As a California resident, you’ve probably noticed your energy bills have steadily crept up over the past decade. This is partly due to a general rise in the cost of living, further exacerbated by more recent inflation factors.
The California State Government has also played a role in rising energy costs, as they’ve tacked on various tariffs to help fund environmental initiatives. Changes in regulation also have the potential to impact energy costs, as is evidenced by Assembly Bill 205, which arrived in 2021.
Dubbed The Jobs and Economic Improvement Through Environmental Leadership Act of 2021, AB 205 includes new regulations that open the door to revamping California residents’ electric bills.
Case in point, a plan recently submitted by California’s three largest power companies — Southern California Edison, Pacific Gas & Electric, and San Diego Gas & Electric — would lower overall usage rate costs, but some customers would see increased base charges.
Your electric bill covers two elements, energy usage, and fixed costs.
Usage refers to the kilowatts per hour of energy you consume. Fixed costs include building and maintaining the electric grid, providing customer support, energy efficiency programs, and so on.
Under AB 205, the State requires utilities to be more transparent in billing, specifically defining how fixed charges are apportioned.
The aforementioned utility company’s plan is to formally divide consumer bills into two parts, usage rates and fixed costs. Additionally, the utility companies would lower usage rates from the current 36 cents per kilowatt hour to 24 cents per kilowatt hour while also graduating fixed costs based on the individual consumer’s annual income bracket.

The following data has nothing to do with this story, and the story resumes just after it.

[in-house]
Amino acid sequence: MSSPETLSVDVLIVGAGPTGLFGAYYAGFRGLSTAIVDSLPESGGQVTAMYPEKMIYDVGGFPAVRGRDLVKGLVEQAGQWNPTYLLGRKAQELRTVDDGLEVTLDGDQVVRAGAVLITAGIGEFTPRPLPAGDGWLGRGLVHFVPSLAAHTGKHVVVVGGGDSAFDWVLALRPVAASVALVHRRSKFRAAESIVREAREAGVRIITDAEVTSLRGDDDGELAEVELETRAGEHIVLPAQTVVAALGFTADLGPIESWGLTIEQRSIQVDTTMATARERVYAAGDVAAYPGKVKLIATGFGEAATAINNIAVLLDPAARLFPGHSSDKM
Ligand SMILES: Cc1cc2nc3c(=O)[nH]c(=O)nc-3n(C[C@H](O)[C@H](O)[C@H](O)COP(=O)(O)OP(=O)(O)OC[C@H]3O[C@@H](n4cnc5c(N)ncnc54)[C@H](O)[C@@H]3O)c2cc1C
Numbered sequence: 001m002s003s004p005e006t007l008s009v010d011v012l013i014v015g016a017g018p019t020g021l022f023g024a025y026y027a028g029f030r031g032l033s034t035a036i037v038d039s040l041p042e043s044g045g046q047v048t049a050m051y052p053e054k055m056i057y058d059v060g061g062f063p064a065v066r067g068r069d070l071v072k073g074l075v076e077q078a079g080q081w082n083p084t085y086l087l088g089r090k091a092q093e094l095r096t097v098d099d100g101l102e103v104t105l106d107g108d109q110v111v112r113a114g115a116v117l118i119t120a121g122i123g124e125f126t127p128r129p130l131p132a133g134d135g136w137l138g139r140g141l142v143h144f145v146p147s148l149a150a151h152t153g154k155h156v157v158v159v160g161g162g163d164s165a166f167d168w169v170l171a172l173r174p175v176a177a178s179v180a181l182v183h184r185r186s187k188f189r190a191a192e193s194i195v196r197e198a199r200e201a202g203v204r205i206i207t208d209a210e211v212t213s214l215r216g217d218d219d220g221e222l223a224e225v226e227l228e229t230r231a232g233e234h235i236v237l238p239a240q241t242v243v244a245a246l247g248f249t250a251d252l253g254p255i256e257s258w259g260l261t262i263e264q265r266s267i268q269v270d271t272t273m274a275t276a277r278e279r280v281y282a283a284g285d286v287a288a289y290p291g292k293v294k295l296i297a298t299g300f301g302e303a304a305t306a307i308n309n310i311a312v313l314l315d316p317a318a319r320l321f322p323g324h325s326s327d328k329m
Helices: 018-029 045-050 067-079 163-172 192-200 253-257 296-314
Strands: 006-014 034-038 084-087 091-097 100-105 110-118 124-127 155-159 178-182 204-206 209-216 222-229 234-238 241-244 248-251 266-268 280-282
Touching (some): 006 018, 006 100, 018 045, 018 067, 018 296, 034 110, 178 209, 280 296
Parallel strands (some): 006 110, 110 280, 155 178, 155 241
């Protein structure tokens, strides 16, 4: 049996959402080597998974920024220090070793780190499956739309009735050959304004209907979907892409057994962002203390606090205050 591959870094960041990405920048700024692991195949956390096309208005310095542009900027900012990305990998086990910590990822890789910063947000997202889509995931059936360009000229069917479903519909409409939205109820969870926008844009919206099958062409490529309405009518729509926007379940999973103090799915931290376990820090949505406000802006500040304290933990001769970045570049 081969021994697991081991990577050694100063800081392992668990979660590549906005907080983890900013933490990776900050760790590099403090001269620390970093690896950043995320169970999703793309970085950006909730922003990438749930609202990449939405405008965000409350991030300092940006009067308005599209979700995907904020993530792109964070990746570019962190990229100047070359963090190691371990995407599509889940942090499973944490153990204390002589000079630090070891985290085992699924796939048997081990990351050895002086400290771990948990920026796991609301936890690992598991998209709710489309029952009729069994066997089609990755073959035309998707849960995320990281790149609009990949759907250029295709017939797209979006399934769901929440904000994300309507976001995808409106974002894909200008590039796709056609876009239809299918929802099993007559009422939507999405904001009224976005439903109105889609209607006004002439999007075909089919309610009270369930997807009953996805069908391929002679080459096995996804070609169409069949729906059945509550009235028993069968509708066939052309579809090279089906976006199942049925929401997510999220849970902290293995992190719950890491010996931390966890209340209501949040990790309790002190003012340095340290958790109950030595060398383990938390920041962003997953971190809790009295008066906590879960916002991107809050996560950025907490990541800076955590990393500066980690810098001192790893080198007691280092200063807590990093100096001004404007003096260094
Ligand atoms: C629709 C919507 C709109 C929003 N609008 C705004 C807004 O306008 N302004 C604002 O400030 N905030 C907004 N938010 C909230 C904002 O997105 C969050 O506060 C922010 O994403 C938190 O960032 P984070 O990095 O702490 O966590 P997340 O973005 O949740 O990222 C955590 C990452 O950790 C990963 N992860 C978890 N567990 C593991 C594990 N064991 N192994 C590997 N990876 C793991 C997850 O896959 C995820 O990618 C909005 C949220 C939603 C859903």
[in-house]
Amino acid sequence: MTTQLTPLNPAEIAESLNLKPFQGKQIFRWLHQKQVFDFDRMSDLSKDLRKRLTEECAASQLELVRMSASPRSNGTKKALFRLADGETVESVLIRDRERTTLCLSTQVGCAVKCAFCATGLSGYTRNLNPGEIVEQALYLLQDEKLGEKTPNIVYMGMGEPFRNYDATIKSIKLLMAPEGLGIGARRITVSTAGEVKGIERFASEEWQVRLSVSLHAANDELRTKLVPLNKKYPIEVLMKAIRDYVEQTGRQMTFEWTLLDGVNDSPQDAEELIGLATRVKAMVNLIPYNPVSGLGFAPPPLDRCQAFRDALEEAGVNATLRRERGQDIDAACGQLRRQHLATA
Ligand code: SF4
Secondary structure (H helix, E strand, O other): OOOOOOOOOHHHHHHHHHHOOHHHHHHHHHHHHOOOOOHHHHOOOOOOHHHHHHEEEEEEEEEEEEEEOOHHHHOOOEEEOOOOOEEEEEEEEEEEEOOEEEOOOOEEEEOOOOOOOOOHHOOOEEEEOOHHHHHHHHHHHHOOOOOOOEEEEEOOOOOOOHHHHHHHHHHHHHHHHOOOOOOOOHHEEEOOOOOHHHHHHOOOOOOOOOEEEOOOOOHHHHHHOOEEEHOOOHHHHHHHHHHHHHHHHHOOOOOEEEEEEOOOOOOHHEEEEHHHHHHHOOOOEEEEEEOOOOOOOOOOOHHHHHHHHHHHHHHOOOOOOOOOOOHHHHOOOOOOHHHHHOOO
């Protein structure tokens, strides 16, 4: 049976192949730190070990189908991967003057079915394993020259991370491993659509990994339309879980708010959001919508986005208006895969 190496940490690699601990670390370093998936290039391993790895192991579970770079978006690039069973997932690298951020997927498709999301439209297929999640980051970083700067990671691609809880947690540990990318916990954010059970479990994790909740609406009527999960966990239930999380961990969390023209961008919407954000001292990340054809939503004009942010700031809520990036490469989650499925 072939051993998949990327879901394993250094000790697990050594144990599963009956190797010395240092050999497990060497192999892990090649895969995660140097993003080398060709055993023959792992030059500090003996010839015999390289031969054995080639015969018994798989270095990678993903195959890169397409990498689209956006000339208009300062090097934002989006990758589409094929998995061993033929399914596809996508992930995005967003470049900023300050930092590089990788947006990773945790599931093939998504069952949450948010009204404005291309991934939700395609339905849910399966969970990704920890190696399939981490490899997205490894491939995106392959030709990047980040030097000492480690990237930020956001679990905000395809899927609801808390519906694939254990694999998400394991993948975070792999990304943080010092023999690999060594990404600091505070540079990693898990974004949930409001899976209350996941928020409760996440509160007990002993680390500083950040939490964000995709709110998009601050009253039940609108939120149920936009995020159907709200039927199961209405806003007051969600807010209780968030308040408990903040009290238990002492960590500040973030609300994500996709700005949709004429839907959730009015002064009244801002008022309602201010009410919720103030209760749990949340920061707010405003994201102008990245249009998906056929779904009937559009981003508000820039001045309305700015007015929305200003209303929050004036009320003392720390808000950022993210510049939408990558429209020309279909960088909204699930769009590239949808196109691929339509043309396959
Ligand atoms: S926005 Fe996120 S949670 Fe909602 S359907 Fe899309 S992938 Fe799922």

Income Brackets For Energy Bill Fixed Costs
On the rate reduction side of this proposal, approximately 1.2 million lower-income customers would see their energy costs fall by 16%-21%. But base charges covering fixed costs would rise for higher-earning consumers.
The proposed rate restructuring changes are based on the following income scale:
Above $180,000: $85/month
$69,000 – $180,000: $51/month
$28,000 – $69,000: $20/month
Less than $28,000: $15/month
Where Does The Proposal Currently Stand?
The State is still sorting out several essential details. Plus, the California Public Utilities Commission must first approve the plan, with a final decision required by mid-2024. And if approved, the fixed-rate bills wouldn’t take effect until 2025 at the earliest.
A key consideration in enacting this proposal is deciding how the State will determine customers’ income, which regulators say will fall to a state agency or a third-party vendor.
It’s also worth noting the Los Angeles Department of Water and Power (LADWP), the utility serving California’s most populous municipality, is not a party to this proposal.
So, half of LA County’s residents are likely not subject to this fixed-rate plan. Unless, of course, LADWP rolls out a similar program, which is a strong possibility in the near future.
Questions About Tax Planning?
The 2022 tax filing season may be in the review mirror, but the year’s already nearly half over. Which means it’s time to start thinking about tax planning for your 2023 taxes.
If you have questions about strategies for deductions, donations, investments, or asset sales — Get in touch for a FREE consultation!